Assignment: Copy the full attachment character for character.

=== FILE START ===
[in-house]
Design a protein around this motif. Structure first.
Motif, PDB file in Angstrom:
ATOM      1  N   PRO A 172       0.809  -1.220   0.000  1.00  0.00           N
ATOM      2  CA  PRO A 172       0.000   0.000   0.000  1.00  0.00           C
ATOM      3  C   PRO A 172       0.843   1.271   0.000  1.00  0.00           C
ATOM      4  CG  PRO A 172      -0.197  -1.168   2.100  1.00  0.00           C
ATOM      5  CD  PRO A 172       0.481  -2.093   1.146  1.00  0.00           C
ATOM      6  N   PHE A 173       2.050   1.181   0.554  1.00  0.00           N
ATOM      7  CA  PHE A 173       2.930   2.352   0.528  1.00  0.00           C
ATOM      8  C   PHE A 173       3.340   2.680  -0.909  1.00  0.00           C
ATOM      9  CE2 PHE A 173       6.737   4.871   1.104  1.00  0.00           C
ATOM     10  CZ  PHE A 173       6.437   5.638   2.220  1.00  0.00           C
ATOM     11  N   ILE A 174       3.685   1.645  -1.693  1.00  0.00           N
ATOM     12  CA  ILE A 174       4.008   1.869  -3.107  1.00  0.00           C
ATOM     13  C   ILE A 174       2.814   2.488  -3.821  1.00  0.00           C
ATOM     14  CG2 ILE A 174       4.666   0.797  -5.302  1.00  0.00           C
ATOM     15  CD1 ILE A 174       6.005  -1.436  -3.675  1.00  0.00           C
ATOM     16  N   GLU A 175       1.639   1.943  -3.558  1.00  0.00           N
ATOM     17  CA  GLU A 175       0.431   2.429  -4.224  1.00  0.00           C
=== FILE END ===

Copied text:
[in-house]
Design a protein around this motif. Structure first.
Motif, PDB file in Angstrom:
ATOM      1  N   PRO A 172       0.809  -1.220   0.000  1.00  0.00           N
ATOM      2  CA  PRO A 172       0.000   0.000   0.000  1.00  0.00           C
ATOM      3  C   PRO A 172       0.843   1.271   0.000  1.00  0.00           C
ATOM      4  CG  PRO A 172      -0.197  -1.168   2.100  1.00  0.00           C
ATOM      5  CD  PRO A 172       0.481  -2.093   1.146  1.00  0.00           C
ATOM      6  N   PHE A 173       2.050   1.181   0.554  1.00  0.00           N
ATOM      7  CA  PHE A 173       2.930   2.352   0.528  1.00  0.00           C
ATOM      8  C   PHE A 173       3.340   2.680  -0.909  1.00  0.00           C
ATOM      9  CE2 PHE A 173       6.737   4.871   1.104  1.00  0.00           C
ATOM     10  CZ  PHE A 173       6.437   5.638   2.220  1.00  0.00           C
ATOM     11  N   ILE A 174       3.685   1.645  -1.693  1.00  0.00           N
ATOM     12  CA  ILE A 174       4.008   1.869  -3.107  1.00  0.00           C
ATOM     13  C   ILE A 174       2.814   2.488  -3.821  1.00  0.00           C
ATOM     14  CG2 ILE A 174       4.666   0.797  -5.302  1.00  0.00           C
ATOM     15  CD1 ILE A 174       6.005  -1.436  -3.675  1.00  0.00           C
ATOM     16  N   GLU A 175       1.639   1.943  -3.558  1.00  0.00           N
ATOM     17  CA  GLU A 175       0.431   2.429  -4.224  1.00  0.00           C